The details of the night of Father’s silencing many of us still are not able to face in our memories. Some day we may be able to recall it all without recoil. The suffering of the long hours we sat together, Father with us, until the cold, grey light of a New England April morning came through the windows, is still too keen to dwell on for long.
Father had been wont to tell us many times in his years at the Center that he never had had any doubt of his vocation. Even when fellow members of his Order had come to tell him of their leaving the Order he never had a question of his own vocation, either to be a priest or a Jesuit. He was completely certain of it. In all of the years since his ordination, he had missed saying his morning Mass only when he was too ill to do so. None of us had ever known a priest to whom his Mass meant so much as it did to Father Leonard Feeney. He sang of the Mass in his poetry, paid reverence to it in his stories, lovingly labored at the mystery of it in his treatises. He said of it, in a poem called “After the Little Elevation”:
O wheat-like, white, little, still-as-death,
Circumferenced Jesus of Nazareth;
My duty, Your beauty to recondite,
To fashion You frangible, frail and light.
You come translucent to hold and handle,
To peer clear through, Dear, and see a candle,
With a tractable trait to elate my heart
Who make You and take You and break You apart:-
Yet sever You never; St. Thomas said,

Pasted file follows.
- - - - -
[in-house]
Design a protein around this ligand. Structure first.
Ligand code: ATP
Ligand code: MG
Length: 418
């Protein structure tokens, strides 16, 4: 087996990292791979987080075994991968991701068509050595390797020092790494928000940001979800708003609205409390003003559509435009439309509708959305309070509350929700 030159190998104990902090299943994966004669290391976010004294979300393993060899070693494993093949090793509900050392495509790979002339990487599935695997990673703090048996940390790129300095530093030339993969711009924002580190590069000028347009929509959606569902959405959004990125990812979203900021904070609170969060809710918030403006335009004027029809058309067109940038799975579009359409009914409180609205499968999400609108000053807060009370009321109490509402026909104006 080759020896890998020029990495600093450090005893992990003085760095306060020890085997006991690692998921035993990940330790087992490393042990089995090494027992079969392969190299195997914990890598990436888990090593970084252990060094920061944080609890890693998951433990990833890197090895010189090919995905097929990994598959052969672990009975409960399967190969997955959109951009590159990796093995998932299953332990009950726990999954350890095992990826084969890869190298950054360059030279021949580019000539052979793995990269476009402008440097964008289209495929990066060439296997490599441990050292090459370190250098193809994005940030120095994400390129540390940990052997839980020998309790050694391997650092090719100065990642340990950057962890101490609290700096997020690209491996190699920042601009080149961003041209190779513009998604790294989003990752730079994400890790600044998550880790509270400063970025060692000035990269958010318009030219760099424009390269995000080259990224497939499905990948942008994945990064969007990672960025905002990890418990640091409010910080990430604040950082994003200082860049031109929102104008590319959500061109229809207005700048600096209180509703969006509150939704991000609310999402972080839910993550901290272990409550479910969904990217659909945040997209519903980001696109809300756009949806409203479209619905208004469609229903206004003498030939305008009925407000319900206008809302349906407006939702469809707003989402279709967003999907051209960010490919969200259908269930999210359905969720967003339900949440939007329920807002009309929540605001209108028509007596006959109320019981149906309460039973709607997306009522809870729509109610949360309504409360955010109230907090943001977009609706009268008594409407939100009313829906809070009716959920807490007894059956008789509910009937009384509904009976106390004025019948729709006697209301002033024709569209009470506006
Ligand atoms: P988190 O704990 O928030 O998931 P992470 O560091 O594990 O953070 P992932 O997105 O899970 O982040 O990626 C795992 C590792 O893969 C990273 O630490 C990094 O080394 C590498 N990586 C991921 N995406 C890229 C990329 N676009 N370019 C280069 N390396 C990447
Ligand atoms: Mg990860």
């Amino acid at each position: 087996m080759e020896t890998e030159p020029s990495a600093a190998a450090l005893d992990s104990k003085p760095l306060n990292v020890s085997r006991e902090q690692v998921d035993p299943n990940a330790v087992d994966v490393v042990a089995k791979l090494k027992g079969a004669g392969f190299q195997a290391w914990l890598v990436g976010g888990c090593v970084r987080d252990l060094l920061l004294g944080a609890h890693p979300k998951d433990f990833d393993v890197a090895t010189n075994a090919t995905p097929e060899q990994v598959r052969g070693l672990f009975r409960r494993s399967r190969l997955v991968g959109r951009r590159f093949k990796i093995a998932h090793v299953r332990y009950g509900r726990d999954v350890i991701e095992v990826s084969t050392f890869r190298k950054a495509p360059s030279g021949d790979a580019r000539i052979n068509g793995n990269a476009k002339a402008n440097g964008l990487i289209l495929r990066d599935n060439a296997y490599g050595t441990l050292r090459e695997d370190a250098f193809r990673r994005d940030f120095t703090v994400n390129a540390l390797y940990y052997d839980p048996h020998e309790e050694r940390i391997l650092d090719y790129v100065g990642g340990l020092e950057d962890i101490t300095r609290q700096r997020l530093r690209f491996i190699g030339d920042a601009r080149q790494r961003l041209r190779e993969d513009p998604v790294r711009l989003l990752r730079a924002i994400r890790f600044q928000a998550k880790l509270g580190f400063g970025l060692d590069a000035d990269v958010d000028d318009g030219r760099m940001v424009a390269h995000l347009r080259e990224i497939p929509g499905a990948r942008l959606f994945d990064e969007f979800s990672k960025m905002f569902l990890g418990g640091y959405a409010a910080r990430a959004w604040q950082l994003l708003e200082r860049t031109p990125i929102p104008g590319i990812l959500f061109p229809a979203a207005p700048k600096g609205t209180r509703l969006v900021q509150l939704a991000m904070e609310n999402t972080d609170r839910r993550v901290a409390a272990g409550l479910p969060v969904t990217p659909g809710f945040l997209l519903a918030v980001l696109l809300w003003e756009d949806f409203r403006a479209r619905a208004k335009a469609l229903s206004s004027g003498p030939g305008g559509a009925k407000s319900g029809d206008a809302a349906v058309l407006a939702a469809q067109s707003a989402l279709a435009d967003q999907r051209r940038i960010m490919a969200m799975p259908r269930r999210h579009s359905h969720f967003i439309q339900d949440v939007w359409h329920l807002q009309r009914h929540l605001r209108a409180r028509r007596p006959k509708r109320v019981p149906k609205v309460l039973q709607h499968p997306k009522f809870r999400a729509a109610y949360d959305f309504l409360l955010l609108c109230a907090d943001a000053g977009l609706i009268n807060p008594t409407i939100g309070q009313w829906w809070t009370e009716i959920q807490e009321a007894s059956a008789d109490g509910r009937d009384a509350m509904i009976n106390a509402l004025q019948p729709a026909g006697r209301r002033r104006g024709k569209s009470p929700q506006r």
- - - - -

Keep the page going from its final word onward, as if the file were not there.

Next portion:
For wetness to water is not more wed
Than these twin fragments I now expand,
In my left, in my right, in my either hand.
The Saints have gazed at in other guise
This Body, ecstatics with other eyes;
But sinners with semblances rest content:
Its measure and mould as a Sacrament.
So daily at dawn, by the grace of Mary,
With well-worn words in a voice I vary,
I give God God, and at God’s behest,
For whatever may ease her or please her best.
The last thing any priest would ever foresee for himself, Father faced that night as an actuality. And few priests ever had so much to lose; few priests were ever so loved, in the United States, in Ireland, in England. Few men loved their families so tenderly as he loved his, or had the devotion he had to his spiritual children in Jesus Christ.
Never once, however, did Father think of saving himself at the price of the doctrine. With the help of Her, who was the Queen of priests, if this was the price of orthodoxy, Father would pay it, gladly.
I remember reflecting, during that long night, that two of the saints canonized in our time — St. John Eudes by Pius XI in 1926, and St. Grignion de Montfort by Pius XII in 1947 — had incurred the severe censure of bishops. St. Grignion de Montfort was expelled from diocese after diocese in France by Jansenistic bishops. St. Bernadine of Sienna, also, I remembered, was silenced by the Pope, and his followers put under interdict. There finally came a day, however, when St. Bernadine was lifted to the altars of the Church, and pronounced a canonized saint. All the bishops of the East had excommunicated Athanasius. The Pope had signed the excommunication of St. Ignatius of Constantinople, when Ignatius died. The same Pope who had censured St. Alphonsus Ligouri and threatened him with excommunication, lived to present the cause of St. Alphonsus for beatification, nine years after the death of that Doctor of the Church.